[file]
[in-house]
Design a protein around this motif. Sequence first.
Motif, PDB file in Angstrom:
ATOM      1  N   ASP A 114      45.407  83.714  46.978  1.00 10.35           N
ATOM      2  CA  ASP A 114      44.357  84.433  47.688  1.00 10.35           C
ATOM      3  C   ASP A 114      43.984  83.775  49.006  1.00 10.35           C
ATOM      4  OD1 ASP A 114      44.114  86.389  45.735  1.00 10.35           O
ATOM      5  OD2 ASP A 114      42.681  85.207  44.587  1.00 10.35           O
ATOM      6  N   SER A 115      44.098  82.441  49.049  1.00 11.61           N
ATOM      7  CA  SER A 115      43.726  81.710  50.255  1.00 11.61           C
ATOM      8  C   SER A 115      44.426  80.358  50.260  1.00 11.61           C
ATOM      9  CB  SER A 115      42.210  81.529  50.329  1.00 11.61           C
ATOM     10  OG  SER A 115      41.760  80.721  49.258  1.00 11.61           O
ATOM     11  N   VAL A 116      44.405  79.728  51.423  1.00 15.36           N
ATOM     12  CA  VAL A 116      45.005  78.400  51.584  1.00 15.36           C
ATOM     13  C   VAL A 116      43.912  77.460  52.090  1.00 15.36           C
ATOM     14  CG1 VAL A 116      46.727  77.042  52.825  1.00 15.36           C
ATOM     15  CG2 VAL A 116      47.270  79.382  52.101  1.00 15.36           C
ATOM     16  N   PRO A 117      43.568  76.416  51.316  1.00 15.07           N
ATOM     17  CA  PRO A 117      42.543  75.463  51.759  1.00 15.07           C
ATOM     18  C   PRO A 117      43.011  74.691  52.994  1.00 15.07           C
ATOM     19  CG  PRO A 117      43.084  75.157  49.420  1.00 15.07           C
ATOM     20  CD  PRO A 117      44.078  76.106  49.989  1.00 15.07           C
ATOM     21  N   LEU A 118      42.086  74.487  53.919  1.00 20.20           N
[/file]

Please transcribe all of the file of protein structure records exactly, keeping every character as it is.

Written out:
[in-house]
Design a protein around this motif. Sequence first.
Motif, PDB file in Angstrom:
ATOM      1  N   ASP A 114      45.407  83.714  46.978  1.00 10.35           N
ATOM      2  CA  ASP A 114      44.357  84.433  47.688  1.00 10.35           C
ATOM      3  C   ASP A 114      43.984  83.775  49.006  1.00 10.35           C
ATOM      4  OD1 ASP A 114      44.114  86.389  45.735  1.00 10.35           O
ATOM      5  OD2 ASP A 114      42.681  85.207  44.587  1.00 10.35           O
ATOM      6  N   SER A 115      44.098  82.441  49.049  1.00 11.61           N
ATOM      7  CA  SER A 115      43.726  81.710  50.255  1.00 11.61           C
ATOM      8  C   SER A 115      44.426  80.358  50.260  1.00 11.61           C
ATOM      9  CB  SER A 115      42.210  81.529  50.329  1.00 11.61           C
ATOM     10  OG  SER A 115      41.760  80.721  49.258  1.00 11.61           O
ATOM     11  N   VAL A 116      44.405  79.728  51.423  1.00 15.36           N
ATOM     12  CA  VAL A 116      45.005  78.400  51.584  1.00 15.36           C
ATOM     13  C   VAL A 116      43.912  77.460  52.090  1.00 15.36           C
ATOM     14  CG1 VAL A 116      46.727  77.042  52.825  1.00 15.36           C
ATOM     15  CG2 VAL A 116      47.270  79.382  52.101  1.00 15.36           C
ATOM     16  N   PRO A 117      43.568  76.416  51.316  1.00 15.07           N
ATOM     17  CA  PRO A 117      42.543  75.463  51.759  1.00 15.07           C
ATOM     18  C   PRO A 117      43.011  74.691  52.994  1.00 15.07           C
ATOM     19  CG  PRO A 117      43.084  75.157  49.420  1.00 15.07           C
ATOM     20  CD  PRO A 117      44.078  76.106  49.989  1.00 15.07           C
ATOM     21  N   LEU A 118      42.086  74.487  53.919  1.00 20.20           N